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Hi everyone. Just wanted to introduce myself - I'm a game developer that's looking to add accessibility features to my games, and the games I port to mobile devices for other companies. I mostly work in the adventure and RPG genres.

Right now I'm in the research phase, looking at adapting games built with Adventure Game Studio to improve their accessibility. I'd love to hear back from anyone interested in playing "point n click" graphical adventures, after they've been made more accessible-friendly.

Glad to see such a dedicated community of developers congregating here.

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2 (edited by magurp244 2018-01-03 08:31:42)

There's a few scripts i've developed that could probably help with point and click adventure games. A good place to start would be TTS for dialog, descriptions, etc., maybe audio cue's with mouse based proximity in stereo/HRTF, or you could just use keyboard shortcuts to snap between points of interest.

You could also take a look at some of the [Sonifier] filtering and mouse scripts i've written in python based on [Peter Meijers Image to Sound] algorithms (CC 4.0 attribution). They could potentially be useful for navigating inverted depthmap renders of 2D scenes and such.

Also welcome to the community, heh.

-BrushTone v1.3.3: Accessible Paint Tool
-AudiMesh3D v1.0.0: Accessible 3D Model Viewer

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Hi,
I know there's some info somewhere, but not too sure where, about how to add accessibility for mobile devices as well, with VoiceOVer on iOS and Talkback on android although I unfortunately don't know where to find this sort of documentation for developers.

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magurp244 wrote:

There's a few scripts i've developed that could probably help with point and click adventure games. A good place to start would be TTS for dialog, descriptions, etc., maybe audio cue's with mouse based proximity in stereo/HRTF, or you could just use keyboard shortcuts to snap between points of interest.

That's pretty much the exact approach I was going to take. AGS is good at exposing the item textual descriptions/names as mouseover events, which could be triggered by a keyboard press to toggle between points of interest. I was hoping screenreading software would play friendly with AGS so I wouldn't have to create my own TTS solution, but I haven't had a chance of trying it out yet.

magurp244 wrote:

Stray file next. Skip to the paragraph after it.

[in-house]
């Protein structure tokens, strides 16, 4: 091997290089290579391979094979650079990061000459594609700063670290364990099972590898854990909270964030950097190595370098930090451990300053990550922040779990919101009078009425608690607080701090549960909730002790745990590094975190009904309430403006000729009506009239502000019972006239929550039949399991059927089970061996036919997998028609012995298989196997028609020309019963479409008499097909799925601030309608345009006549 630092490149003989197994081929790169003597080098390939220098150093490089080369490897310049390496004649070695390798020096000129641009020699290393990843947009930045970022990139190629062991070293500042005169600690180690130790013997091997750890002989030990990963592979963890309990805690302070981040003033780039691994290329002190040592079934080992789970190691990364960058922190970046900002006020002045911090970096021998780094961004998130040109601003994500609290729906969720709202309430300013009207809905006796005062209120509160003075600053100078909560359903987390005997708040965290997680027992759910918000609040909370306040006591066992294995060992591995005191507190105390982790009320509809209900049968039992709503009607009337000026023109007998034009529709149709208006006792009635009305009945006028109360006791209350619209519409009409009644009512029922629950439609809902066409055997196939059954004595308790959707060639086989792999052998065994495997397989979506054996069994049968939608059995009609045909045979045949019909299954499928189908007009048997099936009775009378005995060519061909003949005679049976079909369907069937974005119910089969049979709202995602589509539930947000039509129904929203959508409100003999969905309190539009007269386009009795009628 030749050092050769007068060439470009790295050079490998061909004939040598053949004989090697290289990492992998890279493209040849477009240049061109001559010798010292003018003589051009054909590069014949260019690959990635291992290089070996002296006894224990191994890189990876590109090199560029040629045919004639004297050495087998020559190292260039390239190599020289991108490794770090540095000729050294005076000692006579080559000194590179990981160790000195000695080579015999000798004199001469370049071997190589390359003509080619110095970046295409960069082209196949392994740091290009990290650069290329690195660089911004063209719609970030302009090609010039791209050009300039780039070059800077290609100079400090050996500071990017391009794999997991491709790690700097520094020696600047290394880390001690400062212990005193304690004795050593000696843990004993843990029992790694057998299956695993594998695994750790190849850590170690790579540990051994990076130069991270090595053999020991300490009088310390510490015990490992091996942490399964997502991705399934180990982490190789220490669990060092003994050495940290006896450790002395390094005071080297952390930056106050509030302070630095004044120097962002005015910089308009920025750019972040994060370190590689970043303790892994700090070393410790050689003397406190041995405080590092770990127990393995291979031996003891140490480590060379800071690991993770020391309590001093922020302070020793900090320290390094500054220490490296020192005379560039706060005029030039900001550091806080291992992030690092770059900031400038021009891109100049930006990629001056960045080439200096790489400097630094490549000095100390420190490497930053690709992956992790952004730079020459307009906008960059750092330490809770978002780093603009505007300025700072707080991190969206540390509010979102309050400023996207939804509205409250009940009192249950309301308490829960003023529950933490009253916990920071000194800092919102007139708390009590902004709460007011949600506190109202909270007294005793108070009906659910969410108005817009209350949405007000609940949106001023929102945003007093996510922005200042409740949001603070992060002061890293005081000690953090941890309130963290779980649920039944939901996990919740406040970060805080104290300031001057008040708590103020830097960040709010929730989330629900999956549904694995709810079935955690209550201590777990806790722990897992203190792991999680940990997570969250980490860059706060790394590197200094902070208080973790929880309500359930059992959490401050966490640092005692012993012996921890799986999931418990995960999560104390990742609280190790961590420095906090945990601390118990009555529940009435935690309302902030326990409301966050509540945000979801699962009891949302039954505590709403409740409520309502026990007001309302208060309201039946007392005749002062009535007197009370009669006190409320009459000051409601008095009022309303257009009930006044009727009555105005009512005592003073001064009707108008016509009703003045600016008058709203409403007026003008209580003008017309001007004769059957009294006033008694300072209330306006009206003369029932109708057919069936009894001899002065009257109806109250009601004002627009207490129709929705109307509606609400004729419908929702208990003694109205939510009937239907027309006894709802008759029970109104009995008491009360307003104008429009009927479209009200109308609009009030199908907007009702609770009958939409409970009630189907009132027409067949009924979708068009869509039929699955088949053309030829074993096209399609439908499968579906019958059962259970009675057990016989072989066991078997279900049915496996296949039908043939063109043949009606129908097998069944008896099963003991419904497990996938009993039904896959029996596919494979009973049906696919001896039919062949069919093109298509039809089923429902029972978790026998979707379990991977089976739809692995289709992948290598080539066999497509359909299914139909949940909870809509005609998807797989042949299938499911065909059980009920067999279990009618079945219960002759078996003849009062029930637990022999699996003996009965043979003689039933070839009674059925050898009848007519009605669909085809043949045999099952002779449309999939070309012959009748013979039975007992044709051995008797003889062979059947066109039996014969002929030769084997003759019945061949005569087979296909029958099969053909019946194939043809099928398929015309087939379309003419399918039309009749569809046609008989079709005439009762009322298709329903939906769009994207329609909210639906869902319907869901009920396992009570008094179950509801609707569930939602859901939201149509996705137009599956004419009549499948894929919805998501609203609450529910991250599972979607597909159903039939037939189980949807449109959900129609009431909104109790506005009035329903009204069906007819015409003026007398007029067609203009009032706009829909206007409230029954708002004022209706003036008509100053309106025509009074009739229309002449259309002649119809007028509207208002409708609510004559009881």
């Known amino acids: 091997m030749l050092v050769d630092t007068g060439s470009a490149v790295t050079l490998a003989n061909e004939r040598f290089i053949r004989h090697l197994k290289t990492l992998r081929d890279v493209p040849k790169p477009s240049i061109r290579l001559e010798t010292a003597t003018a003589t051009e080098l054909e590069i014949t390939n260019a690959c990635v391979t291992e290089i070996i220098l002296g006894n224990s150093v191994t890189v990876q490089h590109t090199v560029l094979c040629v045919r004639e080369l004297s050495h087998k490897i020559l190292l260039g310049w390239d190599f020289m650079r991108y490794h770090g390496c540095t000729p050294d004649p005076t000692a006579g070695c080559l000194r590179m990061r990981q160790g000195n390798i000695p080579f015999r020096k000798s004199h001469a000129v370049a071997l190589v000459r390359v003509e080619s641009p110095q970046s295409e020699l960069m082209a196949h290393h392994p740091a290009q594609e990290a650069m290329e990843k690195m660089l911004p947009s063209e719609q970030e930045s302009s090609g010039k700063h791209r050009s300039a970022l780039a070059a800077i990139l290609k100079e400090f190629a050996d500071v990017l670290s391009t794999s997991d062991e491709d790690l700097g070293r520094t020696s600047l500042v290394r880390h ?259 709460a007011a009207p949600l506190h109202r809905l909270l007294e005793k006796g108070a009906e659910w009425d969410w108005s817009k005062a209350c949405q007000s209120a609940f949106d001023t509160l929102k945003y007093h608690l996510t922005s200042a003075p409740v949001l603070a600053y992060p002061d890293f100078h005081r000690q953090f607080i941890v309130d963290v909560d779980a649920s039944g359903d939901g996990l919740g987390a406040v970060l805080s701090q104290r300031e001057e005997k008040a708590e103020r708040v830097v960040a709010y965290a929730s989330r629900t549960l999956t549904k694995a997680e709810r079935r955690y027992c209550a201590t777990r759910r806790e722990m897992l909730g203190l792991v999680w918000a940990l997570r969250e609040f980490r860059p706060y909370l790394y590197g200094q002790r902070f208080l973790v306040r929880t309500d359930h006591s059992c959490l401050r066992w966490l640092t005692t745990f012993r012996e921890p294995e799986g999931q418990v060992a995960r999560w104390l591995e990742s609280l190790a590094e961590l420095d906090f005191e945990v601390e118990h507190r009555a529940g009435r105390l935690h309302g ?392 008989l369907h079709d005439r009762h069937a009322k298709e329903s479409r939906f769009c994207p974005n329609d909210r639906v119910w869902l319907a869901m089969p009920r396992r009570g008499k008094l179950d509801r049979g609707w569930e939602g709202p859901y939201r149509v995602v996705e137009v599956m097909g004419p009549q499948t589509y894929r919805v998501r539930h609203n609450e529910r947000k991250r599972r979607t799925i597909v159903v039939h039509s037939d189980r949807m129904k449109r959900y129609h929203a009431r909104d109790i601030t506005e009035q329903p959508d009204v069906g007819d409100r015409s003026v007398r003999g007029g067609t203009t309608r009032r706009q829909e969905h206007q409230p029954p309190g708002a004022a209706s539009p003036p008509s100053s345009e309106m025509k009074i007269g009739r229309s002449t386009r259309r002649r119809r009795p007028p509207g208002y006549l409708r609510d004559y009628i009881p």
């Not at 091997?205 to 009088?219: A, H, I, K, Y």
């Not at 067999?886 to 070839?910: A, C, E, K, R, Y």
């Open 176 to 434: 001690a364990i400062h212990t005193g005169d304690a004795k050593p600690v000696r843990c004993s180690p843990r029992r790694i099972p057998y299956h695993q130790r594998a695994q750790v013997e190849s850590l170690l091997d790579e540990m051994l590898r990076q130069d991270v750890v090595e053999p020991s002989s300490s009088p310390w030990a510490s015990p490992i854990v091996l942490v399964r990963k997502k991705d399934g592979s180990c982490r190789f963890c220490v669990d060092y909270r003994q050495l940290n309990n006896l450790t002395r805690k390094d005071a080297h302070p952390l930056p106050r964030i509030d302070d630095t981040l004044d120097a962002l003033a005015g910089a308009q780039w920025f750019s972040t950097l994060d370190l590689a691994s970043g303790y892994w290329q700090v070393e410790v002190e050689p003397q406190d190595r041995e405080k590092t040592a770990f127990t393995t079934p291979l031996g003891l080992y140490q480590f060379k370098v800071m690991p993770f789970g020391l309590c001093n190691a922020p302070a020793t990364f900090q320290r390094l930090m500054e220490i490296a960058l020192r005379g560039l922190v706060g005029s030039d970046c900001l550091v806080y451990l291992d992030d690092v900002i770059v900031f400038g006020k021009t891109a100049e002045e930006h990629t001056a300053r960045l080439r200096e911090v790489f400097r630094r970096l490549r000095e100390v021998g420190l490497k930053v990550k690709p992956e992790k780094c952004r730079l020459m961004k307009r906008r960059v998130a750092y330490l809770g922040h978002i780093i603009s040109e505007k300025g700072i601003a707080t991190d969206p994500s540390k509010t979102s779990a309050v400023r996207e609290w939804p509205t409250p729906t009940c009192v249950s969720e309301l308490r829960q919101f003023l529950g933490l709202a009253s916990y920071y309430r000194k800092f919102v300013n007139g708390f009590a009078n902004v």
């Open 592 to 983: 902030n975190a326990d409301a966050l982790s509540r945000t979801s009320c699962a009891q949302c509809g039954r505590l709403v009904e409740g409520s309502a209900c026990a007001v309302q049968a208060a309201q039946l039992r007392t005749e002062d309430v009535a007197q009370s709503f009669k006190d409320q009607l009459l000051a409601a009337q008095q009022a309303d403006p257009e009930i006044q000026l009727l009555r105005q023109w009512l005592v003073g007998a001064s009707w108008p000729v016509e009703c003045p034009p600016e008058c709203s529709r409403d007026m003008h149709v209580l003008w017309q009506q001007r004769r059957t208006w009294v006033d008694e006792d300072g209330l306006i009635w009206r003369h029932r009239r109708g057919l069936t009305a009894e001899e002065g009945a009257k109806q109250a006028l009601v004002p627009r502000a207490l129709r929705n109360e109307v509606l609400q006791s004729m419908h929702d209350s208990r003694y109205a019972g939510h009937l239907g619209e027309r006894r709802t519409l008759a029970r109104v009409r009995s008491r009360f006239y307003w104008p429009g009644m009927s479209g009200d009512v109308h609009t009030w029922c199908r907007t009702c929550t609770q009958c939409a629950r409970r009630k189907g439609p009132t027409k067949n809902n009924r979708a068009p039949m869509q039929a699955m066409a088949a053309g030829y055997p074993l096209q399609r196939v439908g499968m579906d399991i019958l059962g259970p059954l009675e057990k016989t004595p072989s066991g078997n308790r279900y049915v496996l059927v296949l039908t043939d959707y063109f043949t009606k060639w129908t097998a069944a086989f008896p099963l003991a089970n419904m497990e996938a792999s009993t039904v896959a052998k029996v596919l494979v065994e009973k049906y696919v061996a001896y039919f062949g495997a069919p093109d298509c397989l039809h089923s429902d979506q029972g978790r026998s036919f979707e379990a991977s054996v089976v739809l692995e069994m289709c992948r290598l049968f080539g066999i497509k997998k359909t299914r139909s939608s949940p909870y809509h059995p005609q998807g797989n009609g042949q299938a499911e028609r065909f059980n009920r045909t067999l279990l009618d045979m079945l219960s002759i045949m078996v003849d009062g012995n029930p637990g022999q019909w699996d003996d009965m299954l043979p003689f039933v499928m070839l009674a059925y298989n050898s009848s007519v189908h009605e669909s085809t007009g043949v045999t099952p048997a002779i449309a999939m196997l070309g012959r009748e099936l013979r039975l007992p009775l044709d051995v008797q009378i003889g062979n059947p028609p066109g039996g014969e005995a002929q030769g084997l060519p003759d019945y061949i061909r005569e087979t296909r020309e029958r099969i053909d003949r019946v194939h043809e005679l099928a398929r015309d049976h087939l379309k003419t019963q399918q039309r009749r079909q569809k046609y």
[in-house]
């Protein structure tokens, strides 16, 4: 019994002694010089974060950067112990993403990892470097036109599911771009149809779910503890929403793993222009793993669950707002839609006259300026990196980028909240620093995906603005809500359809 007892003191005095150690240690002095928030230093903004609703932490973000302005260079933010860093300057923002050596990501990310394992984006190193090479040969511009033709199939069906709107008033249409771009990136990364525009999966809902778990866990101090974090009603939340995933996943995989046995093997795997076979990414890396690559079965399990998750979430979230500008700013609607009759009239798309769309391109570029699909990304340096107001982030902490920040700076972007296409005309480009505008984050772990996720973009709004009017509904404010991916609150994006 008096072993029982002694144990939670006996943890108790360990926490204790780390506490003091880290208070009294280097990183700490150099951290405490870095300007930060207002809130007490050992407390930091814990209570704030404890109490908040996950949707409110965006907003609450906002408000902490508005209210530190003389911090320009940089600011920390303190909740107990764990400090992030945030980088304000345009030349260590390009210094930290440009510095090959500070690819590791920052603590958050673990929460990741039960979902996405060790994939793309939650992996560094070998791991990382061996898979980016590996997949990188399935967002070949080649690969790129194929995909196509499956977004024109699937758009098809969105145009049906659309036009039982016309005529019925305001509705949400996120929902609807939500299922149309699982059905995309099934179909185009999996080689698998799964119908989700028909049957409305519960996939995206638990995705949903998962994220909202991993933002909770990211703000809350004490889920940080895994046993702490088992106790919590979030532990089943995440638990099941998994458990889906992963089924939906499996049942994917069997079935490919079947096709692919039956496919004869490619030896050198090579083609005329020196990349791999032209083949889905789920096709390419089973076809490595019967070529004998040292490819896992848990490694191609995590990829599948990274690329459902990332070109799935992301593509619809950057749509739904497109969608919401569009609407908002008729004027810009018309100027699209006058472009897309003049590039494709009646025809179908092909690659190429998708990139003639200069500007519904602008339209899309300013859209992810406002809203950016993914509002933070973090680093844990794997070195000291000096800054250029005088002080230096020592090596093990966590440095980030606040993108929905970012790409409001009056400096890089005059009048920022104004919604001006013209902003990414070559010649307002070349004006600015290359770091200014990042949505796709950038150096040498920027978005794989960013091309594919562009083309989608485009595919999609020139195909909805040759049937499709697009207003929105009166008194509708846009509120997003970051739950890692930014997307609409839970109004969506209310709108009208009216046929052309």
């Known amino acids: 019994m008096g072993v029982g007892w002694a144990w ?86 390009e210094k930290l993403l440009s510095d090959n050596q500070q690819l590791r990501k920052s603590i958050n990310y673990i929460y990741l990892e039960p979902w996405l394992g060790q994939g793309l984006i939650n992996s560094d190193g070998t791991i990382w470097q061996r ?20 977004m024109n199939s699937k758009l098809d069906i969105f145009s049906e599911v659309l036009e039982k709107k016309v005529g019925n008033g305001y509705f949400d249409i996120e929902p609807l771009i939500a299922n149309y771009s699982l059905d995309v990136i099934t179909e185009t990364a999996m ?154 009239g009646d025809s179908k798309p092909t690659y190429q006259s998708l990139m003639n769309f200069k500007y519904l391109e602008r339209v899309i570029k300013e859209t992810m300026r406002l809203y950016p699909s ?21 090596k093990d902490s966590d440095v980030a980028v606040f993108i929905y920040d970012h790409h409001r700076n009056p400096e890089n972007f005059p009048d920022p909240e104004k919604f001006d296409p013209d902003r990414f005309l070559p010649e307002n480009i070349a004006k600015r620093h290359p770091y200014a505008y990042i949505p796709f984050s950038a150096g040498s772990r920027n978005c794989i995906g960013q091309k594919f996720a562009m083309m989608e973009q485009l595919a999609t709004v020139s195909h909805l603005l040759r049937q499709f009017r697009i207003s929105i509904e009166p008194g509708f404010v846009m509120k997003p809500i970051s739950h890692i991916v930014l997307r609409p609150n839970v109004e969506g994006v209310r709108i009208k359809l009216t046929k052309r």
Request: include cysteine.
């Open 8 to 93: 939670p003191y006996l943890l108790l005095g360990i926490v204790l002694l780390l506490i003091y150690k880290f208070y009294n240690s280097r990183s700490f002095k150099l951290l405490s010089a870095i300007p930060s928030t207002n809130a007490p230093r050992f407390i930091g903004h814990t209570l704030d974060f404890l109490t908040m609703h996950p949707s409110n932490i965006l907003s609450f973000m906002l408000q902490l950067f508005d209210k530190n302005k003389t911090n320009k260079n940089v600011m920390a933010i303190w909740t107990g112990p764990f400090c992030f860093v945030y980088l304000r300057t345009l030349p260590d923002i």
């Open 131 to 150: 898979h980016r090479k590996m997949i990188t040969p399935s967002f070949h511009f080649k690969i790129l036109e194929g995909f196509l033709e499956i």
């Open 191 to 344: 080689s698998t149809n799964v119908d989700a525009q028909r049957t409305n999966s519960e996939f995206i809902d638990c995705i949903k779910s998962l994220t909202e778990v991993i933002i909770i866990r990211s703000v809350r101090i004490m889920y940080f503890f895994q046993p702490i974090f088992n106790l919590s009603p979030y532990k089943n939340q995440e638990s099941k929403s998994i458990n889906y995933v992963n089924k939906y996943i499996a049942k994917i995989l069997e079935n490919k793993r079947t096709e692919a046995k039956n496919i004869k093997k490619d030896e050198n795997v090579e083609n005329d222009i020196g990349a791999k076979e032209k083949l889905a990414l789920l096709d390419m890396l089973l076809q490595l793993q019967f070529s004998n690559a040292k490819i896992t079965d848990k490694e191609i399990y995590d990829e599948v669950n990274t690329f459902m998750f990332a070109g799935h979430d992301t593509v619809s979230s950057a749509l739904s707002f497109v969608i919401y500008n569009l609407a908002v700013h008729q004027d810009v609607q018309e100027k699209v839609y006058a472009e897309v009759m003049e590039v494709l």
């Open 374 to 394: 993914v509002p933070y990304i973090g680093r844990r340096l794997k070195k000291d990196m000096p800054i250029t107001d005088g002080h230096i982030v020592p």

You could also take a look at some of the [Sonifier] filtering and mouse scripts i've written in python based on [Peter Meijers Image to Sound] algorithms (CC 4.0 attribution). They could potentially be useful for navigating inverted depthmap renders of 2D scenes and such.
Also welcome to the community, heh.

fantastic! Exactly the kind of resources I need to get started with. Thanks again - and for the warm welcome smile

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aaron wrote:

Hi,
I know there's some info somewhere, but not too sure where, about how to add accessibility for mobile devices as well, with VoiceOVer on iOS and Talkback on android although I unfortunately don't know where to find this sort of documentation for developers.

Pretty sure I've come across this. We've been porting AGS adventures to iOS and Android for a few years now, and I suspect that adding VoiceOver/Talkback support won't be a huge commitment. Thanks again.

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I can't say whether or not AGS would work well with existing screen readers, it depends on how its implemented but if similar platforms are any indication it likely won't.

I did do some additional digging on AGS in regards to voice output though, it seems there was a C# plugin with a primitive Microsoft Speech API wrapper built awhile ago [here], although the links may be dead.

A different approach according to the AGS manual [here] would be pre-recorded audio-files, depending on the compression and level of dialog it could get pretty big, but you could take TTS output from say, [Espeak] dumped directly into a wav file off the command line and hook it into the text dialog.

-BrushTone v1.3.3: Accessible Paint Tool
-AudiMesh3D v1.0.0: Accessible 3D Model Viewer

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Excellent! As you said, chances are low it would work with a screenreader since it renders in-game text to the screen buffer as an image anyway. Your approach sounds sensible.

The one advantage most/all commercial AGS games have is that they've been professionally voiceovered by actors. So 98% of the text in the game is already in audio anyway. It's that 2% that I need to work out.

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